Jock itch is a contagious fungal infection that causes different itchy skin problems in your groin area. An itchy, stinging, burning rash forms on infected skin. Treatments can stop the fungus from spreading and clear it up.
Jock itch is a common fungal (caused by a fungus) infection similar to ringworm. Jock itch causes an itchy, stinging, burning rash on the skin around your groin, inner thighs and butt crack (gluteal cleft). Tinea cruris is another name for jock itch. Tinea is another name for ringworm, and cruris means groin.
With this infection, your skin may become scaly and cracked or develop bumps or blisters.
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Jock itch can affect the skin around your groin, inner thighs and butt crack. Your skin may appear irritated (red, purple, gray, tan or white), scaly or flaky. Your skin may also develop small bumps or blisters.
Jock itch affects everyone. However, adolescent and young adult men get jock itch most often. It’s uncommon in women. Men are three times more likely to get jock itch than women. It’s rare in children.
You may be more likely to develop jock itch if you have:
Women can get jock itch. However, it’s not common. In women, jock itch affects the skin around the groin, inner thighs and butt crack. It rarely affects the vulva (genitals).
Jock itch commonly affects the skin around your groin, inner thighs and butt crack. It rarely affects your genitals (penis, scrotum or vulva).
Your skin may develop an itchy rash. Your skin may change color, crack, peel or flake. Sometimes, tiny bumps or blisters may appear along the edge of your rash.
Jock itch can burn and itch. Your skin may appear irritated and change colors. It can also appear scaly or flaky. The rash may look like a ring, and the outside of the rash may have small bumps or blisters.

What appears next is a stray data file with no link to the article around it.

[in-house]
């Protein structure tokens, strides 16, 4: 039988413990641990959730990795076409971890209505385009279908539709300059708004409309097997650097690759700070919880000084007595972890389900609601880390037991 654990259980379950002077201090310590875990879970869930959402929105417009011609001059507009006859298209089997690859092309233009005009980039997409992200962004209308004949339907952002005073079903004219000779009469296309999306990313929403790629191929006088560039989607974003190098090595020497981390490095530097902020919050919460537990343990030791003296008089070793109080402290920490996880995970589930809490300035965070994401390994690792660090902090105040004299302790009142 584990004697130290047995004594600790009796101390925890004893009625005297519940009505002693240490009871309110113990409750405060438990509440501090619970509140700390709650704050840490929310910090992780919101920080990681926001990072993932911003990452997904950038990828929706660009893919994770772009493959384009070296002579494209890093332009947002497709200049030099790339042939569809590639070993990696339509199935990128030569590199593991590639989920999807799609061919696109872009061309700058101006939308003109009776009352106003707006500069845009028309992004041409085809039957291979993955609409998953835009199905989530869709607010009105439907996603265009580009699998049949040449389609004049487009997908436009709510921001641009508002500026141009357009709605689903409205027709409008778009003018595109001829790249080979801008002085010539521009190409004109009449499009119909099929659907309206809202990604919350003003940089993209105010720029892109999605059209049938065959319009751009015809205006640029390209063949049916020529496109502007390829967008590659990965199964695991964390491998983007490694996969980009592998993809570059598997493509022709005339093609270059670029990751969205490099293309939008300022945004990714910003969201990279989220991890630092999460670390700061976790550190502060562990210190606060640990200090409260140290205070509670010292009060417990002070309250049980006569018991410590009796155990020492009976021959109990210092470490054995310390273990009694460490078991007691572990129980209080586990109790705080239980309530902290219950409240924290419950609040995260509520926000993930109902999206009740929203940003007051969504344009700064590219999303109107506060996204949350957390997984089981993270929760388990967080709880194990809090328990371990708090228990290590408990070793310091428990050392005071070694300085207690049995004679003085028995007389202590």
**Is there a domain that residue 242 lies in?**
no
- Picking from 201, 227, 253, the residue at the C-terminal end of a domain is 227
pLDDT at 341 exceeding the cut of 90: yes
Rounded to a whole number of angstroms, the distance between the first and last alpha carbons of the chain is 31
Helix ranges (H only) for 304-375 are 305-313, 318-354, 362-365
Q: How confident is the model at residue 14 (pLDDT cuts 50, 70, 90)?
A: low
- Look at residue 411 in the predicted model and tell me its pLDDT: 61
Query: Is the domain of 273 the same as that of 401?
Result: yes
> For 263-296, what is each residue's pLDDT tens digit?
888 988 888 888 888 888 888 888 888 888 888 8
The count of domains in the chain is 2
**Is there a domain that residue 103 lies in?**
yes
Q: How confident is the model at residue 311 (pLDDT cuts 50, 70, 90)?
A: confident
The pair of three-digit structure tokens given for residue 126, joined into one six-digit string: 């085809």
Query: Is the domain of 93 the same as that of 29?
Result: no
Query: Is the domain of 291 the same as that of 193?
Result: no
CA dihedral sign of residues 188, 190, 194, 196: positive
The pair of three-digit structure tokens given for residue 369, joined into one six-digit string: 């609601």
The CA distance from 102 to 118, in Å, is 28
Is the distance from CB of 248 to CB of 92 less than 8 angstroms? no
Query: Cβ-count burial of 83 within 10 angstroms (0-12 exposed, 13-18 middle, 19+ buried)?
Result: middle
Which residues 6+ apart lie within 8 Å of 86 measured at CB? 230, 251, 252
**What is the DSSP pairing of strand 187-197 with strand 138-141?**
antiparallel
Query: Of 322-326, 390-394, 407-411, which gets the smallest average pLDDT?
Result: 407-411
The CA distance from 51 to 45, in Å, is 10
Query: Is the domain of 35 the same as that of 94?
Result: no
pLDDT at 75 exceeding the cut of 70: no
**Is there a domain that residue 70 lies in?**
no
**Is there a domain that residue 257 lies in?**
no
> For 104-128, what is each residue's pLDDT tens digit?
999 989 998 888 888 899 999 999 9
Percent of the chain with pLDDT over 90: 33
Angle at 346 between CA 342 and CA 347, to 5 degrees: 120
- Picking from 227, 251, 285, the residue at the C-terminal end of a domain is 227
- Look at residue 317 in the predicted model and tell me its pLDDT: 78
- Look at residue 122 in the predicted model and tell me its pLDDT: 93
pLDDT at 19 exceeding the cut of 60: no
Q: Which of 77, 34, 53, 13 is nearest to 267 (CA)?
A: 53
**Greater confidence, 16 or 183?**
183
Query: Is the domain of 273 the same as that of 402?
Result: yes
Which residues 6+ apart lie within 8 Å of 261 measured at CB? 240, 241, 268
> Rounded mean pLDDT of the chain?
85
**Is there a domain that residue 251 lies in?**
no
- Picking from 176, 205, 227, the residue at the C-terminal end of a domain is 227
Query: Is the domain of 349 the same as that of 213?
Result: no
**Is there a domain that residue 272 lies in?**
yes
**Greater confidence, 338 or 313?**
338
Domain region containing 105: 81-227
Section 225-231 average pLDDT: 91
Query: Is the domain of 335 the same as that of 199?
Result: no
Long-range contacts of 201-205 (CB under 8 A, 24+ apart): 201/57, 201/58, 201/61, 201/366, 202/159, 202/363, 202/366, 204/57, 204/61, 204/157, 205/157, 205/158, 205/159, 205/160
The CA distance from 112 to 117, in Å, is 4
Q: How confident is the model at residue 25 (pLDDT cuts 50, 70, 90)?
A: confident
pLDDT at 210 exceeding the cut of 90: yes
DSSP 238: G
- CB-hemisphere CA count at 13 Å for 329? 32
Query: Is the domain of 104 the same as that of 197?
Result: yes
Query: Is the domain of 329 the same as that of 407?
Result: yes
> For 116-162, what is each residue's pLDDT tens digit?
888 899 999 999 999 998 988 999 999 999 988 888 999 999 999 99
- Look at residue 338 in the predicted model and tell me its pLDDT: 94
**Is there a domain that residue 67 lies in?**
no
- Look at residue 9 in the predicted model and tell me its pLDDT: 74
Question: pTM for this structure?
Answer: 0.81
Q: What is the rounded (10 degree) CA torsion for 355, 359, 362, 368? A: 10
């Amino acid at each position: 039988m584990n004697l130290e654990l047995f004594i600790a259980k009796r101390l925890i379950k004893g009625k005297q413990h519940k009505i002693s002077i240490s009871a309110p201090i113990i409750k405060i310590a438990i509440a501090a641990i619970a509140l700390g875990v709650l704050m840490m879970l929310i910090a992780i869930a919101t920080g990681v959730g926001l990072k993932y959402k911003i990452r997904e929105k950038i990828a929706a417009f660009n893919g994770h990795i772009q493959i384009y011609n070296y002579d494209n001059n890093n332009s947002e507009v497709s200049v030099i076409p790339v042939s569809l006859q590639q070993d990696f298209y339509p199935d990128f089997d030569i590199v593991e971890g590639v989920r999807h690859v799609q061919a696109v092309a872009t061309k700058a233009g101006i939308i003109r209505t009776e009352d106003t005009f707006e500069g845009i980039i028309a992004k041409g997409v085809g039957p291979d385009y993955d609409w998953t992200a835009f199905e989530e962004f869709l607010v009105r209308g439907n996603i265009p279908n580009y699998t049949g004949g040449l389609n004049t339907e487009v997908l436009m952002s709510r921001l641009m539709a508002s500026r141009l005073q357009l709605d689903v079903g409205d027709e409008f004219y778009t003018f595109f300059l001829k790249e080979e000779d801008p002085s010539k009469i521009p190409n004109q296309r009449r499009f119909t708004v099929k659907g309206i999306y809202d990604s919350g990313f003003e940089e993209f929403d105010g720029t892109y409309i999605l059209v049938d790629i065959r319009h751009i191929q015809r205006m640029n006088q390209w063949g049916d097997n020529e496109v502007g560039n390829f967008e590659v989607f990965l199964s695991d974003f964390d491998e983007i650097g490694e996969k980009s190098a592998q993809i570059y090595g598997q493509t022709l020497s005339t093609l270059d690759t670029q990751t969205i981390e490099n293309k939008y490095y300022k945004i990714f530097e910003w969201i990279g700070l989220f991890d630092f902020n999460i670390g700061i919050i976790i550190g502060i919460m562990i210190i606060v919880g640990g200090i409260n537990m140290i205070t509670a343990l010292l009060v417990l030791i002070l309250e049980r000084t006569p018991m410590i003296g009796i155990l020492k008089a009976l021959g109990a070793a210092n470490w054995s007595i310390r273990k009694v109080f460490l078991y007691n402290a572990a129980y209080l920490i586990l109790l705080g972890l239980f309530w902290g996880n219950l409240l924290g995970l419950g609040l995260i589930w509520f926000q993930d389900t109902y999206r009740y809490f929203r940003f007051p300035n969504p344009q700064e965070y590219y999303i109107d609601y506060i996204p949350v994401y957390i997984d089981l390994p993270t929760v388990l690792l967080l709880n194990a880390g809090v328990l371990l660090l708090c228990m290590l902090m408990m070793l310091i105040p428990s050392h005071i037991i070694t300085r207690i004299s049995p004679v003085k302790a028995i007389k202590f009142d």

A fungus causes jock itch. A jock itch rash is ringworm. Ringworm can look like circles. But an actual worm doesn’t cause ringworm.
Jock itch is contagious. Jock itch is a fungus that grows on or in your skin. Fungi (plural form of fungus) need warm temperatures and moisture to grow. Tight underwear or pants trap heat and moisture around your groin. Heat and moisture create the perfect environment for jock itch to grow.
Jock itch commonly spreads through skin-to-skin contact or contact with an infected surface. You can get jock itch through sexual contact with an infected person. You can also get jock itch by sharing towels or clothing with an infected person.
In some cases, you can get jock itch if you have athlete’s foot (tinea pedis). You can spread the fungus by touching your groin after touching your infected foot. You can also spread the fungus from your feet to your groin through your clothing. When getting dressed, it’s a good idea to put on your socks before your underwear to prevent spreading the fungus from your feet to your groin.
Your healthcare provider can typically diagnose jock itch by examining your groin and reviewing symptoms.
In some cases, your healthcare provider may remove a small piece of skin (biopsy) and test it in a lab. Several drops of a potassium hydroxide (KOH) solution dissolve the skin cells so that only fungal cells are visible.